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Redskins Seeking Next Alfred Morris

Posted by Chris Herting on February 20, 2013 – 4:19 pm


With the start of the 2013 NFL Scouting Combine today in Indianapolis, Redskins fans can officially shift their focus to the long road to the NFL Draft.

The Scouting Combine was originally designed to provide teams with medical information on the players they might one day invest thousands of dollars in. Now, the Redskins will join the other 31 teams in attendance to mentally and physically poke and prod each of the 333 invitees in what has truly become the world’s most public job interview.

Wall-to-wall coverage of the Combine begins on the NFL Network Saturday morning at 9 a.m., and runs through next Wednesday evening. You can catch every 40-yard dash, 225-pound bench press, and three-cone drill in real time. You can watch as some NFL dreams take root, while others are stomped out.

Helping you and I understand the results and gauge the importance of the Combine is Redskins Director of Player Personnel Scott Campbell, who is now entering his 13th season with the Washington Redskins.

As was highlighted in yesterday’s post, Campbell and his staff deserve huge credit for the scouting work that went into last year’s landmark draft. However, there is much more to be said by the soft-spoken director of college scouting, as he prepares for one of the biggest days of his NFL calendar.

Check out the rest of his interview below:
As was mentioned previously, Campbell was raised in a football family. For him, there was no doubt in his mind that he wanted to be immersed in the NFL culture.

“I wanted to be a coach like my Dad,” Campbell told Redskins.comTV.

Football was in his blood, but Campbell found his true calling in talent evaluation, where he was able to accurately project talent at the NFL level.

But that hasn’t always made for a glamorous lifestyle.

“I’ll head out in the middle of August to different college camps and come back [to the facilities in Ashburn] around Thanksgiving,” he said with a quiet smile. “I base that off of how our scouts have graded the players, the rising seniors, and I’ll take the top 150 players and start looking at the schedule to work it out so I see as many players as I can.”

The biggest source of pride for all scouts is finding the college diamond in the rough and turning them into a valuable NFL player. Perhaps no player personifies that better than sixth round pick Alfred Morris, who capitalized on opportunity, catching the eye of the Redskins’ scouting department and paying off well beyond his 173rd selection.

In retrospect, Morris’s NFL.com draft profile doesn’t quite do him justice as one of the best backs in the league last season, finishing with 1,613 yards and 13 touchdowns as a rookie:

Morris doesn’t have NFL speed and will need to define himself more as a runner if he wants to make enough of an impression in a camp. He has the natural ability within the tackles to be successful, but at the NFL seams and holes are harder to come by and arm tackles difficult to avoid. Morris will need to prove himself as a thumper early, or else he will just be considered a situational back who doesn’t possess enough quality traits to deserve a roster spot.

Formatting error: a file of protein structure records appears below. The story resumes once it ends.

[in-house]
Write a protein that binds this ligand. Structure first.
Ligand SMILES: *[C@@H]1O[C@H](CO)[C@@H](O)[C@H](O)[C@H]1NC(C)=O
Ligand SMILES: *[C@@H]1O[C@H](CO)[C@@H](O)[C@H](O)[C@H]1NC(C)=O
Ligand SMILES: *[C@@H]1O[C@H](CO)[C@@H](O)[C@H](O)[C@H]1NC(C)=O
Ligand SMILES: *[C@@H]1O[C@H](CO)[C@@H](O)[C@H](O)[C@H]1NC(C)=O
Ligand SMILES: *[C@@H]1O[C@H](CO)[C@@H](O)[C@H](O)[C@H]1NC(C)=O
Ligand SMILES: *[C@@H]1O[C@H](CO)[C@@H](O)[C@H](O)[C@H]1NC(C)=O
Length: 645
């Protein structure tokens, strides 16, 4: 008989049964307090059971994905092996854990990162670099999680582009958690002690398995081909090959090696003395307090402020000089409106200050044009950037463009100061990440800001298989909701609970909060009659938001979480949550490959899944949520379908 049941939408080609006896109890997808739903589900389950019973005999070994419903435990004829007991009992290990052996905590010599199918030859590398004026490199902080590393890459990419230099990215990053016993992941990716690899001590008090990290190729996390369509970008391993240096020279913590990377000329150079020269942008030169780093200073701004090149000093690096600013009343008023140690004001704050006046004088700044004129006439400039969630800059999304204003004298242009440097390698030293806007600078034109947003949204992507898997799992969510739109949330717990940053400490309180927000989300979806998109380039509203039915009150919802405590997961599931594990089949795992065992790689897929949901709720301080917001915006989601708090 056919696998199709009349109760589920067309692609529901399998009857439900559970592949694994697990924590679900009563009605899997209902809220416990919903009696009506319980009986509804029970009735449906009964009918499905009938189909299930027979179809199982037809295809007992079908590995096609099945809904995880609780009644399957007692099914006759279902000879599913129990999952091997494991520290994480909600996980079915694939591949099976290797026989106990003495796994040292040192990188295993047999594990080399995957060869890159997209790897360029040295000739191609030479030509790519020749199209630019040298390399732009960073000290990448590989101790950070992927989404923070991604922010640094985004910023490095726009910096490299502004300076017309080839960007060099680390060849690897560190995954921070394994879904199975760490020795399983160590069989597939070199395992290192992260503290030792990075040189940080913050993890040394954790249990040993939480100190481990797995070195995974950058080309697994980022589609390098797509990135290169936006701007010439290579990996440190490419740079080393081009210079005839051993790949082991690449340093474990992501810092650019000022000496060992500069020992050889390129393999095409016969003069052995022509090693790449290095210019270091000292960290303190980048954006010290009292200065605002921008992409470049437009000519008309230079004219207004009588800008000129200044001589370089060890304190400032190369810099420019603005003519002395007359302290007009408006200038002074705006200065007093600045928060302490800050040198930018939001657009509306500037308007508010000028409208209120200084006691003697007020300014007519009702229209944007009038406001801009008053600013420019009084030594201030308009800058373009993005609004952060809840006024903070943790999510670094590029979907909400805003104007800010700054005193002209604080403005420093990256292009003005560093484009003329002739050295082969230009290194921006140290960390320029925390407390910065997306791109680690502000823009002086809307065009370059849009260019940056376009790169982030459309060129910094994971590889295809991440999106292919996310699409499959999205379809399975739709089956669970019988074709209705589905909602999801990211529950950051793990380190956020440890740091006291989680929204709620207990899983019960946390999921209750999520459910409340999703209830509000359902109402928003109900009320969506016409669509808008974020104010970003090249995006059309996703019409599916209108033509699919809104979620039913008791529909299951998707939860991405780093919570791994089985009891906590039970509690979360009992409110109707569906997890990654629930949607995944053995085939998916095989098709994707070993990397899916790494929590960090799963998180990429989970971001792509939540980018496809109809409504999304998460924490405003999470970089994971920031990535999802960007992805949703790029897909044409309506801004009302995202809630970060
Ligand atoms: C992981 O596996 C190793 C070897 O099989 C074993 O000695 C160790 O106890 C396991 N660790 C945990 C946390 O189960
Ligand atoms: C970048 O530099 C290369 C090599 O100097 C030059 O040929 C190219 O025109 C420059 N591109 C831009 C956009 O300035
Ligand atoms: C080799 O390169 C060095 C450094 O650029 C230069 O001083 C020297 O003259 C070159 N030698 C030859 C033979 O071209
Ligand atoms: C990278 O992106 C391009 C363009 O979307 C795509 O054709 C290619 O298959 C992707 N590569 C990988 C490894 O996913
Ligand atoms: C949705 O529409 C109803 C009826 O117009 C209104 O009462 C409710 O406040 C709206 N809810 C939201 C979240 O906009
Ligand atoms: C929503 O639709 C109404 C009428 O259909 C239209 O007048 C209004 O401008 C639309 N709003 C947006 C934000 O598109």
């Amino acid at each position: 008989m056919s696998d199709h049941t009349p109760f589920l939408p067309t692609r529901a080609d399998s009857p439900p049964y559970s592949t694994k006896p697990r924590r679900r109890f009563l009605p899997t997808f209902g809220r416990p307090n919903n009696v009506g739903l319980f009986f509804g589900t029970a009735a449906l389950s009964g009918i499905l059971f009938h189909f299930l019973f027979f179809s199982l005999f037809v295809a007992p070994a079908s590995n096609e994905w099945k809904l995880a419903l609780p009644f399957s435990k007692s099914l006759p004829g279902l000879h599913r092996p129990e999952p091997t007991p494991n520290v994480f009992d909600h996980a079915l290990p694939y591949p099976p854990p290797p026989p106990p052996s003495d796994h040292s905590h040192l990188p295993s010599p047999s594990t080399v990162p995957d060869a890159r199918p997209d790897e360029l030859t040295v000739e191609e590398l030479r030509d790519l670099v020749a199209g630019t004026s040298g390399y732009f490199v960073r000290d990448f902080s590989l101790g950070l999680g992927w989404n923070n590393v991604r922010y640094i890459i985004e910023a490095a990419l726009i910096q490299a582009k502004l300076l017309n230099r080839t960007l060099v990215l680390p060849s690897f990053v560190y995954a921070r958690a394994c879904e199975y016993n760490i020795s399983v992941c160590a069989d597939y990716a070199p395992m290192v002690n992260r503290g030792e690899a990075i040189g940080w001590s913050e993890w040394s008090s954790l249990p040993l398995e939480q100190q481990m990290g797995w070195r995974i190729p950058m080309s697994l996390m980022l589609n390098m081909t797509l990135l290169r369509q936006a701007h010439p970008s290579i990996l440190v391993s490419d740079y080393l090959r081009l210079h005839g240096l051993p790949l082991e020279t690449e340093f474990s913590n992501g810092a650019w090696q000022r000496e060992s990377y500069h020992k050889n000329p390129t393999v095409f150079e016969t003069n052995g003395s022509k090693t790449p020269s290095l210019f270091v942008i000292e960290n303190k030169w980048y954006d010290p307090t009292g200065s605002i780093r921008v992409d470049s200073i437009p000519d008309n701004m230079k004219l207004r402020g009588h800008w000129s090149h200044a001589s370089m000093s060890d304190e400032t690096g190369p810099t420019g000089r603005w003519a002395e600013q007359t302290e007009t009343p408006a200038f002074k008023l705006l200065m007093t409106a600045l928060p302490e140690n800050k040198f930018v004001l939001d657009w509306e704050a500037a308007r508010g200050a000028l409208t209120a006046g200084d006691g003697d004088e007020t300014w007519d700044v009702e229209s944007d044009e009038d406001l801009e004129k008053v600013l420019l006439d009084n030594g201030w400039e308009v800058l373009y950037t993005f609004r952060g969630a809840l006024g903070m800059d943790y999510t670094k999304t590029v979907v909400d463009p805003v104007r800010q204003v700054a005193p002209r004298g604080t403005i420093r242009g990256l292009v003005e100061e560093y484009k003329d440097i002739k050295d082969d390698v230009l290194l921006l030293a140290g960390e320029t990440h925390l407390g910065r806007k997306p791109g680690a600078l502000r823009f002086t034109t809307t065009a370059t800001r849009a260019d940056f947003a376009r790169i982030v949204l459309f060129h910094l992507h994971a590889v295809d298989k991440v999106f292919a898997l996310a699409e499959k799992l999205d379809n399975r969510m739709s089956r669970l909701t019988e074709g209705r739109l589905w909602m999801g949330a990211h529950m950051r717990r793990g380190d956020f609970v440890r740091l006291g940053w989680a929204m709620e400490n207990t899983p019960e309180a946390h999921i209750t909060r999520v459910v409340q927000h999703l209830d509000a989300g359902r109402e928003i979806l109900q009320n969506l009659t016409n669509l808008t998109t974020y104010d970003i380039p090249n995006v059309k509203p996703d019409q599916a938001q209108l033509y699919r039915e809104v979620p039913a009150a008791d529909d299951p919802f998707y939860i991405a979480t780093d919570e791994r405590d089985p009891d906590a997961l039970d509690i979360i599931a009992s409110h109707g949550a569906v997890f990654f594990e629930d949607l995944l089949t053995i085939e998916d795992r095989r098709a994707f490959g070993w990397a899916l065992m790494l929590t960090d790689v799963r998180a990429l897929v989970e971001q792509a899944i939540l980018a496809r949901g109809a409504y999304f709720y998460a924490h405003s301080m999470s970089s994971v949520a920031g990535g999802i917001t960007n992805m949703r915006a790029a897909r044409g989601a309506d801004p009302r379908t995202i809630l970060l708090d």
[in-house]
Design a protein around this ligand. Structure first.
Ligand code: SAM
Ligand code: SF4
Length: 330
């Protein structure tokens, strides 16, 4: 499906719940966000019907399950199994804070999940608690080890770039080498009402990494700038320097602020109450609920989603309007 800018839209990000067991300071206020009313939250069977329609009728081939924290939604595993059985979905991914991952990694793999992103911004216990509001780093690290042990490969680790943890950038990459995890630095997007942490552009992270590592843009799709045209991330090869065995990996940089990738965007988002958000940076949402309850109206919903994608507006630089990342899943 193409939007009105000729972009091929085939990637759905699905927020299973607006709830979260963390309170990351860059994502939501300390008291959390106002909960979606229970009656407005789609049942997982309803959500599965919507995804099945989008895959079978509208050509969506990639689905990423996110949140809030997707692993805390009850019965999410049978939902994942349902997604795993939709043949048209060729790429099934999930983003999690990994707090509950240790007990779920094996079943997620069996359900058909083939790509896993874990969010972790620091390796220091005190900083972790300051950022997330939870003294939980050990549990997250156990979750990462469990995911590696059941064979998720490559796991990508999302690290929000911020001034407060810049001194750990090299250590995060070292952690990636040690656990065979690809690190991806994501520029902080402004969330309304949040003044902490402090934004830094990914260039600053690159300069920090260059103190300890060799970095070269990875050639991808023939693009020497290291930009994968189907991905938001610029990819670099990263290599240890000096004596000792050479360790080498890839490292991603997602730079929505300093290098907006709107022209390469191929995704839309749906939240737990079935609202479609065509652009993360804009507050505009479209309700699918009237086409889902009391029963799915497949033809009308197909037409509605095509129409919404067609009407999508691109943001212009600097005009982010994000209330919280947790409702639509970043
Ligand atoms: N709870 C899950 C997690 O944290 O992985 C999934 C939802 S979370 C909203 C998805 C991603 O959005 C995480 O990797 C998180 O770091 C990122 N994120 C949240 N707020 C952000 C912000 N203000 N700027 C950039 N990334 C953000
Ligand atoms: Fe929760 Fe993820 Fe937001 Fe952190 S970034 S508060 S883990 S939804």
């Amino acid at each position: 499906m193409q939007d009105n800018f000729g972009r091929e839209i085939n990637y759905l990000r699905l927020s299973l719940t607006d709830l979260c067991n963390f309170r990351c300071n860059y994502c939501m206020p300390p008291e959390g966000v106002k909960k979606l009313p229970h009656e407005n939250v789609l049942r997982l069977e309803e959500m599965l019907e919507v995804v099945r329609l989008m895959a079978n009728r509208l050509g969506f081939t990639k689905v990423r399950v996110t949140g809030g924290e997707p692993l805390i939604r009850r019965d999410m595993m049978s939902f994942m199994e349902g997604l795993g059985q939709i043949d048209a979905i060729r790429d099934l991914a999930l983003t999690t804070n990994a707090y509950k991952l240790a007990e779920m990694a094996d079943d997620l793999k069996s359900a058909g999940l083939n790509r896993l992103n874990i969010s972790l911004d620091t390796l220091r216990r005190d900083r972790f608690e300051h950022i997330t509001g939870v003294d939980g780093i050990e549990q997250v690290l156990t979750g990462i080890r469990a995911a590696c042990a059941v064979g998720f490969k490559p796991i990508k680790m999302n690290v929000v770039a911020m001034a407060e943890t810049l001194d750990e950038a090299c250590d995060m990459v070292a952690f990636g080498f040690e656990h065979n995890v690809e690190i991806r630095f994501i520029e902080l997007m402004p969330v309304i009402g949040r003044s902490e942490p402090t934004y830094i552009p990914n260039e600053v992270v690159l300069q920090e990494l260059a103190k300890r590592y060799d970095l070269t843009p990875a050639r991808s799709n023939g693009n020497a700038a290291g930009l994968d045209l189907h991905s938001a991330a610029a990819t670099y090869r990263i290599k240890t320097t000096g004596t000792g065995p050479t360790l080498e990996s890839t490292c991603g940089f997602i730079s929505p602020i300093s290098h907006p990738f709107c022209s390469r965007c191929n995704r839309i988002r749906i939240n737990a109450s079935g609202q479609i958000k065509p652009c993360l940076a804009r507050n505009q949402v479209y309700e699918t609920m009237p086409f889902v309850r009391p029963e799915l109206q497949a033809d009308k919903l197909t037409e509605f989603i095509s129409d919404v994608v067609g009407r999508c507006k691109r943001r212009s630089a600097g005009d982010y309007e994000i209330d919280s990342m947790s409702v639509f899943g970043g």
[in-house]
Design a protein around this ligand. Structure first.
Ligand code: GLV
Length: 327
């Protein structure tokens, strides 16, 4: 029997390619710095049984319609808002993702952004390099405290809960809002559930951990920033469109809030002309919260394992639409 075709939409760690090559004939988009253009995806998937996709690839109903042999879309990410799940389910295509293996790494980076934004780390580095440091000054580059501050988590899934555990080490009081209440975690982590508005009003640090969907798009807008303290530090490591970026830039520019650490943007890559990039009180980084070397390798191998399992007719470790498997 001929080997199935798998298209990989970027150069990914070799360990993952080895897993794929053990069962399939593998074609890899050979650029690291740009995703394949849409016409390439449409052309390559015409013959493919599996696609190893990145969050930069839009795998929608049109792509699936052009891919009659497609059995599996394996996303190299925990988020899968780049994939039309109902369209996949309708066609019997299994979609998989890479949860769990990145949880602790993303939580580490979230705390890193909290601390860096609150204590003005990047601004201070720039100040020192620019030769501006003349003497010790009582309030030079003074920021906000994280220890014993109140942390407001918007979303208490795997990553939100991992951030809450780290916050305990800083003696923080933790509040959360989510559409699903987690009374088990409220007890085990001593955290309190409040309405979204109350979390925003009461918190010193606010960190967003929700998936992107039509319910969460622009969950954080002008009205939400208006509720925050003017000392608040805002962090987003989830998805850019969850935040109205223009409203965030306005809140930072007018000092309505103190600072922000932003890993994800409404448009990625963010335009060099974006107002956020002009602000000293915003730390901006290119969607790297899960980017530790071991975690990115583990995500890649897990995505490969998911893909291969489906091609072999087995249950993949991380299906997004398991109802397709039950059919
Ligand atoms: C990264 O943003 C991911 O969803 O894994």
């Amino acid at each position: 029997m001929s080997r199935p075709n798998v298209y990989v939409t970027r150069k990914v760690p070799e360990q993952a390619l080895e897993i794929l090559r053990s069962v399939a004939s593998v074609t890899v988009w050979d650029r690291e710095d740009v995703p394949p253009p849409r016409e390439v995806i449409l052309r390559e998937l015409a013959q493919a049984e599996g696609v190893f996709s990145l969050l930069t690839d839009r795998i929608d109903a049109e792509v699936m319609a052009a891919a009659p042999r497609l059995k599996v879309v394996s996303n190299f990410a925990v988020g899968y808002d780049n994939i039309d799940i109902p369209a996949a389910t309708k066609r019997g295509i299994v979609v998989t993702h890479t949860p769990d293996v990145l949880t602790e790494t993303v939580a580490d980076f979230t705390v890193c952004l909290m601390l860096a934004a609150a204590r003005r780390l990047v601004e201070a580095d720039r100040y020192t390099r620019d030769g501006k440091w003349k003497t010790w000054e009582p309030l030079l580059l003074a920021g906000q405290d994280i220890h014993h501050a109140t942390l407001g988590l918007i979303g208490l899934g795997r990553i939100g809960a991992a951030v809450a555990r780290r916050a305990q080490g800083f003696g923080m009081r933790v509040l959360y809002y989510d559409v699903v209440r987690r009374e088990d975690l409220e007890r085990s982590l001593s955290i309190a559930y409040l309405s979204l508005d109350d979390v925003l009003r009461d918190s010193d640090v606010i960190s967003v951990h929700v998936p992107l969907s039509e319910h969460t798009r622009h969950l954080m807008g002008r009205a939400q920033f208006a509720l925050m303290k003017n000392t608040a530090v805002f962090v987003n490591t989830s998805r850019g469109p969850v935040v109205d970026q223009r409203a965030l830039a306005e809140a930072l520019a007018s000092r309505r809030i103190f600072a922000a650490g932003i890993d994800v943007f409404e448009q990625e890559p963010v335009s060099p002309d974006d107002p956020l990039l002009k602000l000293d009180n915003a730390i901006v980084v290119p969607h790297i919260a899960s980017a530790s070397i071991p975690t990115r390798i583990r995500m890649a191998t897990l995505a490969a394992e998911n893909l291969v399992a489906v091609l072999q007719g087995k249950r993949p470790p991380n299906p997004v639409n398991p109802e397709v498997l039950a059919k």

I guess he had more quality traits than anyone could have predicted.

Morris racked up the third-most rookie rushing yards in NFL history, trailing only the great Eric Dickerson (1983 Rams) and George Rogers (1981 Saints), finishing as an All-Pro selection.

So how can one explain the unexpected production of a sixth-round pick? The answer is simple:

1. Great scouting: The Redskins scouts did their homework and studied the ins and outs of Morris’s game. They recognized the potential this 5′ 9″, 218-pound, relatively unknown talent from Florida Atlantic University possessed and his running style fit what the team was looking for scheme-wise.

2. Morris seized the opportunity: Morris took control of his destiny. He was given the opportunity to prove himself and he took full advantage of his reps during training camp and the preseason. From there, the coaching staff’s decision was easy to make him the feature back.


(AP Photo)

Bottom line, Morris’s work ethic, mentality and determination to become an impact player in this league wouldn’t allow him to be denied.

It’s the ability to find those hidden treasures, players who fit the scheme and who have a will-to-win mentality that’s key to building a winning franchise and bringing the winning tradition back to the Redskins.

As the talent level grows year-by-year, Campbell’s job increasingly becomes more important. It’s his job to do his due diligence researching every player that has the potential to play in the NFL.

You can just about guarantee that Campbell and the rest of the staff have a notebook on all 333 players at the combine, even the most obscure of names. But by this time in the process, the Redskins know the individual talents of each kid and have narrowed their focus.

“We focus on certain guys. We have draft and free agent boards,” Campbell said. “The players who we liked and went undrafted, we’ll bring in for a tryout. There are about 40-50 tryout players.”

And as he sat under the bright lights of the TV Studio at Redskins Park, Campbell exuded a clever confidence that he and the other scouts have done their research and are focused on building upon the 2012 NFC East Championship team.

Check back over the next week as Redskins.com keeps you up-to-date with Campbell and the rest of the Redskins’ scouting team, live from Indianapolis.




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